@udoschneider @daboe01 The difference is not, imo, in the drawing model, but the code organization one, and the available UI controls. The others, excepting perhaps ExtJS, are focused on augmenting raw html/css, rather than providing a truly robust event management mechanism and controls to go with it. They all hit the wall eventually - at least for small teams.
Apple, of course, has unlimited resources to tweak and extend SproutCore. Most do not.
@daboe01 @udoschneider The phrase 'desktop calibre applications' has become a negative for myself. With the rise of Electron apps it makes me think first of something with a clumsy and incomplete user interface. As more of macOS's minor apps are converted to Catalyst or SwiftUI this is increasingly true of those too.
Cocoa excels in providing tools to create efficient user interfaces which don't get in the way of the task at hand, in my experience — and this should be our value proposition.
@enquora With the rise of Electron apps it makes me think first of something with a clumsy and incomplete user interface.
Funny that you mention Electron. From my point of view many Electron "Apps" rebuilt a lot of a more complex desktop-like UI behaviour on top of HTML/CSS ... and it still feels/look foreign. You could give it a Marketing "looks modern" spin though. However I'm not quite sure if using platform agnostic HTML/CSS to emulate a native UI running in Electron to provide a "native" app is actually worth the effort compared to using a native toolkit directly (e.g. Qt if you really want to be platform agnostic). This kind of reminds me of my Smalltalk times where (at least the commercial) Smalltalk dialects were drawing their complete UI on their own. Sometimes even with different themes for Win9x, Motif, CDE and so on. But back then at least the level of UI complexity was comparable/above what was given on the underlaying OSs. With Electrom you get the worst of all worlds IMHO .... maybe except for the "built with modern web technology" buzzword bingo and the (on first sight) better availibility of developers ...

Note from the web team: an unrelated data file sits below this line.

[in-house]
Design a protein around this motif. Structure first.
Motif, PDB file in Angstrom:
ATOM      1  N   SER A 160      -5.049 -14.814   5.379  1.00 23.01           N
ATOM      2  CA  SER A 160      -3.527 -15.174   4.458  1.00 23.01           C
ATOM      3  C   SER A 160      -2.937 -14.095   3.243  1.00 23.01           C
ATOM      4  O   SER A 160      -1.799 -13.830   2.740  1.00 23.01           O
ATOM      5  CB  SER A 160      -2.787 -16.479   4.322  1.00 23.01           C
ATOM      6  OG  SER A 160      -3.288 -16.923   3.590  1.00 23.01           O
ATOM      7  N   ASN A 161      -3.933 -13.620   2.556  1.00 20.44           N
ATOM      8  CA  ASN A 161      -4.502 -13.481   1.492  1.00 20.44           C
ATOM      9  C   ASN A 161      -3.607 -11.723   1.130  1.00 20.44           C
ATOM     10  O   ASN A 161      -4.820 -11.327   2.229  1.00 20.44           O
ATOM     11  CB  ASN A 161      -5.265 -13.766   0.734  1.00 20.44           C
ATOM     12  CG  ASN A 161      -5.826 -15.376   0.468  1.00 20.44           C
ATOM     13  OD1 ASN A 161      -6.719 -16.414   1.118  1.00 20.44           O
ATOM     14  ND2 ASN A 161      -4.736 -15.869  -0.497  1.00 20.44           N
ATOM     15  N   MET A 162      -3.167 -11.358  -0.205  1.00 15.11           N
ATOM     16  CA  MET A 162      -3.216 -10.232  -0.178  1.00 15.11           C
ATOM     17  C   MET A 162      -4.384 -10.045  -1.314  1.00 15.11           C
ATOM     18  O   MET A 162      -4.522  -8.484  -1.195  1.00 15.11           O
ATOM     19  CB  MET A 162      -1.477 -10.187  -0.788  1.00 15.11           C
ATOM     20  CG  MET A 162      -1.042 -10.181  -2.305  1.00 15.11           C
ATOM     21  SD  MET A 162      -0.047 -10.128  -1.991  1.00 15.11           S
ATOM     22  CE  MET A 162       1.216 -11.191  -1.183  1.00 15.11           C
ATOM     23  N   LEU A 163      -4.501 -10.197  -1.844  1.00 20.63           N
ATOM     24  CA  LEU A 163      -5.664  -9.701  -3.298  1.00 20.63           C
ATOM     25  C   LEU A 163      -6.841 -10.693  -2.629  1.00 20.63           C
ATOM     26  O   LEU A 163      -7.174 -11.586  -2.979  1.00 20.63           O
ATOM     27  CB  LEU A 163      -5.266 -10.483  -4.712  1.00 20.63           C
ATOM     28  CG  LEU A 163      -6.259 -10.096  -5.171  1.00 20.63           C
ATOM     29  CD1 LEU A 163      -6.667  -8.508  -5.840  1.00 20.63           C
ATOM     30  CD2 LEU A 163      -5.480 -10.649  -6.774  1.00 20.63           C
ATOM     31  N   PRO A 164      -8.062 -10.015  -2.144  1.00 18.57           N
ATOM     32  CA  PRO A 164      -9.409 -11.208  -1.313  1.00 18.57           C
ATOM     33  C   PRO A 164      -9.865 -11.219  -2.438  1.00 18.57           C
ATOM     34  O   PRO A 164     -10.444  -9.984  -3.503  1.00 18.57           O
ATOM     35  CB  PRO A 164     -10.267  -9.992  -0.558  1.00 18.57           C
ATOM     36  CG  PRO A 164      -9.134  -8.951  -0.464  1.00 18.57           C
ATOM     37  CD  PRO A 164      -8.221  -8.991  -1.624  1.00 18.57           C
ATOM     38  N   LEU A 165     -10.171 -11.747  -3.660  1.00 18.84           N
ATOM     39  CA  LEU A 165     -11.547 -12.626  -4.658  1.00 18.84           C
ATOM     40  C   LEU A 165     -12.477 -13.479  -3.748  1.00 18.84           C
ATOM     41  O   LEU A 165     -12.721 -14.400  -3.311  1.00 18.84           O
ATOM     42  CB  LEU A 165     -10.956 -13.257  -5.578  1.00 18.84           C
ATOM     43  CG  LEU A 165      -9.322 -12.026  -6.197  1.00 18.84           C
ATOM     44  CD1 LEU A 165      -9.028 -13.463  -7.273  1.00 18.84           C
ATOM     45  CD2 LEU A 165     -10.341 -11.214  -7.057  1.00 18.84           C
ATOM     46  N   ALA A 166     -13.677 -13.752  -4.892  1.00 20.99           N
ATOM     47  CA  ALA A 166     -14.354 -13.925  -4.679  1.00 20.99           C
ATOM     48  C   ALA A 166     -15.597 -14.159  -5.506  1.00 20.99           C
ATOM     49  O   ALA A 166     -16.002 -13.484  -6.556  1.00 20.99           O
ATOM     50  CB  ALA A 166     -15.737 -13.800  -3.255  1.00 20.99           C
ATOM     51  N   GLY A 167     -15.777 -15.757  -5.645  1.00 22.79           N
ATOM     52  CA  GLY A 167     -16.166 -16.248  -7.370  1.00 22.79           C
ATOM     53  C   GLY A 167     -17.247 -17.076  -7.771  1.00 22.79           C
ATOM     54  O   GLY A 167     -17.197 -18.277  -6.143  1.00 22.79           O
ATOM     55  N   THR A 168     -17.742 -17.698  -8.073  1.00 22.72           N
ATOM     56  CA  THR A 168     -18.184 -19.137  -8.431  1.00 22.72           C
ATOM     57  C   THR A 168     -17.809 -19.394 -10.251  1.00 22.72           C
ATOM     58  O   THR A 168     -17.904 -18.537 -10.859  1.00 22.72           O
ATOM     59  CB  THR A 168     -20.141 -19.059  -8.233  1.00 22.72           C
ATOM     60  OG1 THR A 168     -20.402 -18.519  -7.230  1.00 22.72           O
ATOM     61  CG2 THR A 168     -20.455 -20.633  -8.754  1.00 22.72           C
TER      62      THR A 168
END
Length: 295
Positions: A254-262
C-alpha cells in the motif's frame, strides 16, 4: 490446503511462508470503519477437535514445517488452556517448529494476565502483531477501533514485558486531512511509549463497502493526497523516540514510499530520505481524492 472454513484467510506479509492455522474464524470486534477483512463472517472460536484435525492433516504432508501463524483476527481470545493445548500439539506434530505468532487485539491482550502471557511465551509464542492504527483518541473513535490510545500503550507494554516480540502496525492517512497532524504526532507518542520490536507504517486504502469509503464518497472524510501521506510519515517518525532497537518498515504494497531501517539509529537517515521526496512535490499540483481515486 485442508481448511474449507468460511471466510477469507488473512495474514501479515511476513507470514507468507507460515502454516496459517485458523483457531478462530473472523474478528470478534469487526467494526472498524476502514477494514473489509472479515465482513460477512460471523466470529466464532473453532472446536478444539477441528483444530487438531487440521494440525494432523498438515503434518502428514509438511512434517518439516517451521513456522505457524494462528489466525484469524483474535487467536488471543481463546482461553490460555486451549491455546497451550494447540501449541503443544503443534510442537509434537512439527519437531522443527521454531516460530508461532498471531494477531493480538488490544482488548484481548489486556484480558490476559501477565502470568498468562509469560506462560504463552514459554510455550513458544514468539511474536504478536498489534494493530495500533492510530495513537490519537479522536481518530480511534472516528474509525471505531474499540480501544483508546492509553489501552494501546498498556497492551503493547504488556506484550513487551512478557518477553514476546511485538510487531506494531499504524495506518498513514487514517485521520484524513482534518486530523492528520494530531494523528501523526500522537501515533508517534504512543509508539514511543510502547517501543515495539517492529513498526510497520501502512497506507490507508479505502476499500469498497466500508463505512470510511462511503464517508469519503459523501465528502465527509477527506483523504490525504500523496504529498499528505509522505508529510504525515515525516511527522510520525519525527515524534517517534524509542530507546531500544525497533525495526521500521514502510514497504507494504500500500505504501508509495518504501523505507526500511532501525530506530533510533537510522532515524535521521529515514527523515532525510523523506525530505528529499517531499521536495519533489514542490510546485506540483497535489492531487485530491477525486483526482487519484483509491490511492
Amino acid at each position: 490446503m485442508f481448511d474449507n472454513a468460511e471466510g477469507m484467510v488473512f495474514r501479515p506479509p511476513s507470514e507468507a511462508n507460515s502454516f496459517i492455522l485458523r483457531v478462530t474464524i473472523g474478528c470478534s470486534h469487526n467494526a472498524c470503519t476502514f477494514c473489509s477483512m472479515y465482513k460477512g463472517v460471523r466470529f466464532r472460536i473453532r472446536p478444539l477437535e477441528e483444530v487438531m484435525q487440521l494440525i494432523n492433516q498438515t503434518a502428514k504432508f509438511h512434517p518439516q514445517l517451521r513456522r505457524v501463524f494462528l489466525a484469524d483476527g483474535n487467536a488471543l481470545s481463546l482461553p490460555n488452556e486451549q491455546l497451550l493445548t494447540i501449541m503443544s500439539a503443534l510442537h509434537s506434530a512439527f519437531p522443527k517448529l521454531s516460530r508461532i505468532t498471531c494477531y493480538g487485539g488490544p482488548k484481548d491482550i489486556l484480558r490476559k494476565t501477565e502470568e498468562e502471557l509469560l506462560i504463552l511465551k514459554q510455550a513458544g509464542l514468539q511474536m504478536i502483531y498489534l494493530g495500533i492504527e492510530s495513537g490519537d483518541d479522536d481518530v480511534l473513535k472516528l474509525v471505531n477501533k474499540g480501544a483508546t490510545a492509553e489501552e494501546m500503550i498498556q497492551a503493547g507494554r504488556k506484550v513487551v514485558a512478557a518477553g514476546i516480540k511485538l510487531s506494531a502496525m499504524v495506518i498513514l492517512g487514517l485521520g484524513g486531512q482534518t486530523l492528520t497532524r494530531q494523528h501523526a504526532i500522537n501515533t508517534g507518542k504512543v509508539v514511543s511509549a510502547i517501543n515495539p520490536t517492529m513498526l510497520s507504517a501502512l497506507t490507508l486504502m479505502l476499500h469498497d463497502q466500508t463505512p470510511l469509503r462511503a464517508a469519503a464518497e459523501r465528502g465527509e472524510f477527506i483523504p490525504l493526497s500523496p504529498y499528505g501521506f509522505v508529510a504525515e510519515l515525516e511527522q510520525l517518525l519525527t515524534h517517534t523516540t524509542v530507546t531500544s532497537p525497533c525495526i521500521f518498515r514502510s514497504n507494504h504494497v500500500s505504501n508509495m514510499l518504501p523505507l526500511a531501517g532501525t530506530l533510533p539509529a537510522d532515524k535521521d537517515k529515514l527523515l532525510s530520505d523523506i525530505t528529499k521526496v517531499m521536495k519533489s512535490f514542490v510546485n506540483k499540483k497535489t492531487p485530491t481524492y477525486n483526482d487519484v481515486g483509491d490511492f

@udoschneider Almost all organizations view software as a cost rather than an asset. The natural outcome is to hire fungible lowest-common denominator people to create/maintain software. Not a prescription for good outcomes. When Apple itself continues to promote design awards for what it considers to be outstanding UI examples, yet allows its own design teams to commit what amounts professional to malpractice (macOS Notifications and every Catalyst app and most SwiftUI ones they've created), it's a trend not likely to change.
We should concentrate on identifying and reaching those who view software as an asset.
UI/UX design is very difficult, and fundamental to software usability. It's a mistake to treat it as an afterthought. Our biggest asset is a three-decades tested UI implementation.